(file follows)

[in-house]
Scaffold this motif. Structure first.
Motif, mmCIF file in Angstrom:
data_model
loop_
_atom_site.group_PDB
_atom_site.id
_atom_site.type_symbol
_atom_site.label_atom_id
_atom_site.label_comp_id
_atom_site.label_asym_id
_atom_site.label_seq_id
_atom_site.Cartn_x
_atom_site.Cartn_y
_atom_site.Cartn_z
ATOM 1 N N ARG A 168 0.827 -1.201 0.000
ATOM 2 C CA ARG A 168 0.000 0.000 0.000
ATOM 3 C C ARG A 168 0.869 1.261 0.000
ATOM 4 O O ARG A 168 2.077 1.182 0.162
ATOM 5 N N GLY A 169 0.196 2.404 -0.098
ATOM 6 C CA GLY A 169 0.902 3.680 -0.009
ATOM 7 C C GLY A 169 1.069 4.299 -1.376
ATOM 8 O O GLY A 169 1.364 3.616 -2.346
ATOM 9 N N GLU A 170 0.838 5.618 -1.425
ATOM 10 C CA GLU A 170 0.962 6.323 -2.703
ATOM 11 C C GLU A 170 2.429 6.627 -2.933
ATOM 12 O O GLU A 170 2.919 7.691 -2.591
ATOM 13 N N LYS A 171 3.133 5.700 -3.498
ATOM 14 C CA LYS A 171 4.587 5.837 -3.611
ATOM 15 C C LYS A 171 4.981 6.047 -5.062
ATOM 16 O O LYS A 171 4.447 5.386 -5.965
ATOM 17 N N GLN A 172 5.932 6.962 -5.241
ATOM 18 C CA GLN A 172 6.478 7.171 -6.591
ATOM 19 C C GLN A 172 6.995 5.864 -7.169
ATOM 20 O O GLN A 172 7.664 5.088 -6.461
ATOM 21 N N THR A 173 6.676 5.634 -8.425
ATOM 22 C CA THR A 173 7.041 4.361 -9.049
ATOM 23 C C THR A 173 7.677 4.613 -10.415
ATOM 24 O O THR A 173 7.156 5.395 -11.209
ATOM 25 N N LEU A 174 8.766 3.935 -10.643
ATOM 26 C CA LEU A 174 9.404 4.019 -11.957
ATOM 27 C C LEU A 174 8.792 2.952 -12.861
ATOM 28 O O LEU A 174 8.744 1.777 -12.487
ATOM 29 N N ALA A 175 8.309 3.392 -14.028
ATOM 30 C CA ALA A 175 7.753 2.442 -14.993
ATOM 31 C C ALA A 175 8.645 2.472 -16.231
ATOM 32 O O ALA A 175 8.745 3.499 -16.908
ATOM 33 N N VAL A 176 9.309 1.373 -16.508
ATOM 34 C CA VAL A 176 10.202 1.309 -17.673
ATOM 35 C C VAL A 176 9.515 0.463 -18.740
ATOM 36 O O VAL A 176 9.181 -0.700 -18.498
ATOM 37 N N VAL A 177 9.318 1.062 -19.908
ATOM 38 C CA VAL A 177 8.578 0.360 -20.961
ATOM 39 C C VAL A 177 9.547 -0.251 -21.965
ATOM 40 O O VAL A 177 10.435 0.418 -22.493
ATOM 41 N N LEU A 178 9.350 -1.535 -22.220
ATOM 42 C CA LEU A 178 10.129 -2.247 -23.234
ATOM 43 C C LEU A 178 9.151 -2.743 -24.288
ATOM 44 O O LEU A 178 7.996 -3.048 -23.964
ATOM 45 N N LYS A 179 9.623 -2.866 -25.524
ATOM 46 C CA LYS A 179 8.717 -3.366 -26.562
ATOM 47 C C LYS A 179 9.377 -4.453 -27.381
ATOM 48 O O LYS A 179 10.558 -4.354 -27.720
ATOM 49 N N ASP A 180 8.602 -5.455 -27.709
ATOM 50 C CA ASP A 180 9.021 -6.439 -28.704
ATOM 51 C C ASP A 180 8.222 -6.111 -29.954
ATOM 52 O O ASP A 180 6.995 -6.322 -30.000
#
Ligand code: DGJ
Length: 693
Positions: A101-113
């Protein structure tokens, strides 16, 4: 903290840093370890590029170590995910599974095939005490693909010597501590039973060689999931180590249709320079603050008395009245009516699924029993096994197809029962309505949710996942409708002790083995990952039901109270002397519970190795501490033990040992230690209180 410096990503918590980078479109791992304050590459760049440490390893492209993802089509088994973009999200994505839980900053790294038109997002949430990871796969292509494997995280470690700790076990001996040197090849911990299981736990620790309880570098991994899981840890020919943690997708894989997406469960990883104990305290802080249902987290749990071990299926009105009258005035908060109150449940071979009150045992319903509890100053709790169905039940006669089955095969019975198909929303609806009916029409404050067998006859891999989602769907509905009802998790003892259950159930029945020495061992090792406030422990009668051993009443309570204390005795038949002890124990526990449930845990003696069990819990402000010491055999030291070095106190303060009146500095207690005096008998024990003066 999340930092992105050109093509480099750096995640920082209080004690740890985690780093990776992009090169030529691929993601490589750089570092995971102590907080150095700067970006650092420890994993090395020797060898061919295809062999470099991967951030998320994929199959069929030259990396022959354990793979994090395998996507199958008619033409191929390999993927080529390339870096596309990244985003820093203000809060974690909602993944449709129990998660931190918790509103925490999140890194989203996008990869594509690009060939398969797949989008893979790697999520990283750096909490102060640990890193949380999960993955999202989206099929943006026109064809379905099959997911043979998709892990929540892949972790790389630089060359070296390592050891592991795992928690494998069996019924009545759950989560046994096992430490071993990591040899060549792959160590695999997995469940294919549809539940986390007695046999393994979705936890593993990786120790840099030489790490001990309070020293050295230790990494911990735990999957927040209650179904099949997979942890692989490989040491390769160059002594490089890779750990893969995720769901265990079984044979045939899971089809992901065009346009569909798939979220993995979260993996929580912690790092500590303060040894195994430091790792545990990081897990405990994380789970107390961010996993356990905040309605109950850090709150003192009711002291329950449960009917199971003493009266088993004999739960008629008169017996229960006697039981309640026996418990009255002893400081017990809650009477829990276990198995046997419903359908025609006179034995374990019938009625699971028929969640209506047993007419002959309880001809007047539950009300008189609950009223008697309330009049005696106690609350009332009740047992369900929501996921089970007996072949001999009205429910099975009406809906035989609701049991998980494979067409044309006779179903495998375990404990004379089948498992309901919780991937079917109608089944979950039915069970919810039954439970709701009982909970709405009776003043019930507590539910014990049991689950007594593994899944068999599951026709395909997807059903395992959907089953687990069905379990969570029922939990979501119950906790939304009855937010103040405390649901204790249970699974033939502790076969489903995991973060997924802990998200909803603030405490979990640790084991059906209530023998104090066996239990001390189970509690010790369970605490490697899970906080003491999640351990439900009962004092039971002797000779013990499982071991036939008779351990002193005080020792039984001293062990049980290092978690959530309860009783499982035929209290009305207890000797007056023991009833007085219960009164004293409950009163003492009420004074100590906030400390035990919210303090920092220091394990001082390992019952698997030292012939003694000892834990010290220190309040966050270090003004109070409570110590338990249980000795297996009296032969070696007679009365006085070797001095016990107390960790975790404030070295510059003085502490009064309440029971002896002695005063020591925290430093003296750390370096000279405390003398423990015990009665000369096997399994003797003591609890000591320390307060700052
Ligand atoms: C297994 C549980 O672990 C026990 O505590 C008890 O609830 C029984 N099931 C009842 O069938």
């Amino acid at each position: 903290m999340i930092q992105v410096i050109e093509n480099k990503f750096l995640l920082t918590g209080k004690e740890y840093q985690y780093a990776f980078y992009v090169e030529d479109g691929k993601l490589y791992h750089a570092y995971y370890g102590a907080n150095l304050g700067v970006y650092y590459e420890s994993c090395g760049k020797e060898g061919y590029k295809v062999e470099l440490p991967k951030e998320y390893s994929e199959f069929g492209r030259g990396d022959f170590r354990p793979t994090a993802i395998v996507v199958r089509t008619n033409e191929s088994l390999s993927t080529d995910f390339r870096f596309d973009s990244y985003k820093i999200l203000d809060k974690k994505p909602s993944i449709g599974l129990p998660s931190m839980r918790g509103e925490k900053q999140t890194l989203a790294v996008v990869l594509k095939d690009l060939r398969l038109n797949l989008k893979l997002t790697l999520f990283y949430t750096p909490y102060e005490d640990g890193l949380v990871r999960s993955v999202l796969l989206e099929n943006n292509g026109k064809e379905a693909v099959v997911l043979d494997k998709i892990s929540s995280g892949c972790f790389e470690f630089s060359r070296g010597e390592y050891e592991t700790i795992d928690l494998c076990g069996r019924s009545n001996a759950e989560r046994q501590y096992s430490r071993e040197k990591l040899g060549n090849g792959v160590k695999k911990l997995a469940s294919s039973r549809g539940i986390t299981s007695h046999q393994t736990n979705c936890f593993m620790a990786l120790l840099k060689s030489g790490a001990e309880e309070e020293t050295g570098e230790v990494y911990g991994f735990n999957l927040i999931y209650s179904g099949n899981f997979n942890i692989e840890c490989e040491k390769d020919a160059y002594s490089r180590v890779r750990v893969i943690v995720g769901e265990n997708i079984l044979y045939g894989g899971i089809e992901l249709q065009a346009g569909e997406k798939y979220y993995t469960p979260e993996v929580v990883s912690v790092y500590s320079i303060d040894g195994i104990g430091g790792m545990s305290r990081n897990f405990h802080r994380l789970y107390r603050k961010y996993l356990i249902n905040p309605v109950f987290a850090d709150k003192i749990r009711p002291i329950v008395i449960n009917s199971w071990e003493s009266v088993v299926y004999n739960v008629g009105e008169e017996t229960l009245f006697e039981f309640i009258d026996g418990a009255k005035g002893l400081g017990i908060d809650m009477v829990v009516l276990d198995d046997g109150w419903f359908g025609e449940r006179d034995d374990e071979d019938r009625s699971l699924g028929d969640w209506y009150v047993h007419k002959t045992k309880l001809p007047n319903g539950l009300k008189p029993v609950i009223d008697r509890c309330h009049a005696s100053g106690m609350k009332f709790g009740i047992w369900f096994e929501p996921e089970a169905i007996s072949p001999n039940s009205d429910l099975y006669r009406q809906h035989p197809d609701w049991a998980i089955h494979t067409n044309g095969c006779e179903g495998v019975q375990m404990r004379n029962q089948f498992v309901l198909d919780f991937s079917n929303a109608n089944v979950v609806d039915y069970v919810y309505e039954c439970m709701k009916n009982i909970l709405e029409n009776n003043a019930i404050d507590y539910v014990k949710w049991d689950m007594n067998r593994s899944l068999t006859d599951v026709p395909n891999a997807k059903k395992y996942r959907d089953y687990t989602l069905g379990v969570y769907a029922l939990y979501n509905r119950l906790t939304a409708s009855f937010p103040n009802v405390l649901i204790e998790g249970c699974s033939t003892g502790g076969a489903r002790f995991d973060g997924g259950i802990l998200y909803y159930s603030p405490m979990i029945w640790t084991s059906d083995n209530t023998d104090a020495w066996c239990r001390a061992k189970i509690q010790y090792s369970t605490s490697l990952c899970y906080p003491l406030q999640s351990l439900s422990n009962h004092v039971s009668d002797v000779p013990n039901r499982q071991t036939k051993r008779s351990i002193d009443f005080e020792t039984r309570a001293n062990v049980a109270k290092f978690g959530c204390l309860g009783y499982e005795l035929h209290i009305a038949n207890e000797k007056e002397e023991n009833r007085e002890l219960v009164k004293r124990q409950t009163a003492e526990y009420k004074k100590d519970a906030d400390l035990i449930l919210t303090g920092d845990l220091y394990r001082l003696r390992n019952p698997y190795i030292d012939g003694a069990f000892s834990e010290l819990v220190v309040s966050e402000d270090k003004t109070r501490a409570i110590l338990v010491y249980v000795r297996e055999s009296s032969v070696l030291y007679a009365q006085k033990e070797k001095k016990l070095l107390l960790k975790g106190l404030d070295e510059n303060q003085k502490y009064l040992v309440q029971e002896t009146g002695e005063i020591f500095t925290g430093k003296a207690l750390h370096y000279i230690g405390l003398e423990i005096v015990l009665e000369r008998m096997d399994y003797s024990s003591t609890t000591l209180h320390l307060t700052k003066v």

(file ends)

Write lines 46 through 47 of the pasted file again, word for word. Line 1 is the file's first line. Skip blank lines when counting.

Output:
ATOM 31 C C ALA A 175 8.645 2.472 -16.231
ATOM 32 O O ALA A 175 8.745 3.499 -16.908